The Findings

 

College Readiness

  • Nearly half (43 percent) of the test-takers met the SAT College-Ready Benchmark in 2014, which is unchanged from the year prior and slightly lower than in 2009 (44 percent).
    • The SAT College-Ready Benchmarks represent a student who scores a combined 1550 or higher. Students hitting this benchmark have a 65 percent chance of earning a B-minus grade point average in their freshman year courses.
  • Minority students are less likely to be college-ready.
    • Just 15.8 percent of black students and 23.4 percent of Hispanic students were college-ready, according to the SAT’s Benchmark.

Core Course Rigor

  • Three-quarters of SAT test-takers completed the recommended “core” college-preparatory curriculum, which is an increase from 70 percent in 2001.

Test Takers

  • Just over 1.67 million students from the Class of 2014 took the SAT sometime during their high school which was a 4 percent increase from 2013.
  • More minority students are taking the SAT.
    • Nearly half (48 percent) of test takers were minorities in 2014 compared to 46 percent just a year earlier.

 

Advanced Placement (AP)

  • In 2014, 22 percent of the nation’s 11th– and 12th-graders took at least one AP exam which is nearly double the number of students from just a decade ago, when 12 percent took an AP exam.
  • Even though more students took an AP exam, passing ratings improved as well. In 2004, just 8 percent of 11th– and 12th-graders passed an AP exam; that rate increased to 13 percent in 2014.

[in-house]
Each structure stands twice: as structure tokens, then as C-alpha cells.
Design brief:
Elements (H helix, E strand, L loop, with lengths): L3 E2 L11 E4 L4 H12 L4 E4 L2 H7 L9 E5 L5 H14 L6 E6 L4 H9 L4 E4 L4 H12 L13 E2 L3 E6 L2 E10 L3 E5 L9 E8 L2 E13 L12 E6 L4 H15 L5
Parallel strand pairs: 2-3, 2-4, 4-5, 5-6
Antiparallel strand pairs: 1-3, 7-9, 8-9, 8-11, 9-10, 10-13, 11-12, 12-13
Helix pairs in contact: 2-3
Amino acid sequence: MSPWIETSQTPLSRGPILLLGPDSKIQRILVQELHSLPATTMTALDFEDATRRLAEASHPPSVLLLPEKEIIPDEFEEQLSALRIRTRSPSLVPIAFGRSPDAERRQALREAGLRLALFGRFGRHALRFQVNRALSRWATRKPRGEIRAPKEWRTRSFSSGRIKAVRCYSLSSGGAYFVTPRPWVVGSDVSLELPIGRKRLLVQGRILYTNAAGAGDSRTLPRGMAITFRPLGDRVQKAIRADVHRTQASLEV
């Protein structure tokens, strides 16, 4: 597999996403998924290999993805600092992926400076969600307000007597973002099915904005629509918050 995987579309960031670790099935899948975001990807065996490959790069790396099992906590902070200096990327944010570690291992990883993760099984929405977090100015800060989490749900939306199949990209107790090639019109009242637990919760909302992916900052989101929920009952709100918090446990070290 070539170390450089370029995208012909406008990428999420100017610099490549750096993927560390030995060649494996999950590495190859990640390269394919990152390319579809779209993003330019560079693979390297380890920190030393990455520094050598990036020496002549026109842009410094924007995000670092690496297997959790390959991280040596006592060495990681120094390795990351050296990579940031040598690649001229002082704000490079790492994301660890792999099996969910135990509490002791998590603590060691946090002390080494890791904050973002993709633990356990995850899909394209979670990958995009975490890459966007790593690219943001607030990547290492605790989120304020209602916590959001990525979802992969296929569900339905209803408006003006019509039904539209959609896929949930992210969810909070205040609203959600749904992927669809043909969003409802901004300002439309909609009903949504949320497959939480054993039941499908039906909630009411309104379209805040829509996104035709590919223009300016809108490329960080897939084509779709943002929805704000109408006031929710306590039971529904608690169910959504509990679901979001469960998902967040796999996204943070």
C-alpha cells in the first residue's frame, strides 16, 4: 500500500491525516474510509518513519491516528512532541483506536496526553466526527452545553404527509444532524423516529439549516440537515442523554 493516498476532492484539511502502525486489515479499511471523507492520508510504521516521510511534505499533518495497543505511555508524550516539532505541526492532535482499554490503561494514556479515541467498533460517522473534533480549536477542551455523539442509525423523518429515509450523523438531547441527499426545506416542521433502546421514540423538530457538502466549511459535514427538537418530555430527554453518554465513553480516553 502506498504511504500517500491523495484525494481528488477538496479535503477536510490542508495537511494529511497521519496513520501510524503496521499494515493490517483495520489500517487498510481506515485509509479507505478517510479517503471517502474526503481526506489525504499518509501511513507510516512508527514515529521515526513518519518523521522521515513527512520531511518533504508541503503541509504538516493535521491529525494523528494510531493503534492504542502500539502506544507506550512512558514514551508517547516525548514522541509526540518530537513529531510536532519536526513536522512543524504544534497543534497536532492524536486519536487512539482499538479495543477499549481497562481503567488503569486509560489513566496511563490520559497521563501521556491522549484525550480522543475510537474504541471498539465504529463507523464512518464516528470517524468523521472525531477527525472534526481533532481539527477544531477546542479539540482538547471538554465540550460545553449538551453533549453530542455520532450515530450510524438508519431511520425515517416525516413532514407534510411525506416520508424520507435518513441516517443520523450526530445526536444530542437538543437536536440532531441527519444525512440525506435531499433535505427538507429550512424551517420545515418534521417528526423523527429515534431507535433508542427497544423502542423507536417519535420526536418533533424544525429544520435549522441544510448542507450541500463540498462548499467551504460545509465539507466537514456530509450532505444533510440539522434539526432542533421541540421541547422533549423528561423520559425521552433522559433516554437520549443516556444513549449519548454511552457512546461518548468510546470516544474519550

• Hispanic students (19 percent) are taking AP courses at nearly the same rate as the overall national average (22 percent), yet black (13 percent) and Native American (12 percent) students are still less likely to take AP.
  • According to the College Board’s PSAT/NMSQT results, nearly 40 percent of PSAT/NMSQT had the potential to succeed in an AP course but never took an exam. However, such students may have taken other college-level courses such as International Baccalaureate or Honors programs.





September 29, 2014

New CPE study examines background, outcomes of high school graduates who don’t advance to college

2014-320_CPE_HP_slider2 The Center for Public Education is pleased to present The Path Least Taken, the first installment of a series that looks at the characteristics and outcomes of high school graduates who don’t go on to college.

Jim Hull, CPE’s senior policy analyst, sifted through data from the National Center for Education Statistics’ Educational Longitudinal Study of 2002 and found new insights into this segment of the population (Spoiler: the percentage of non-college-goers is smaller than we thought) and a new format to showcase these findings. You can find the full report here, along with other extras.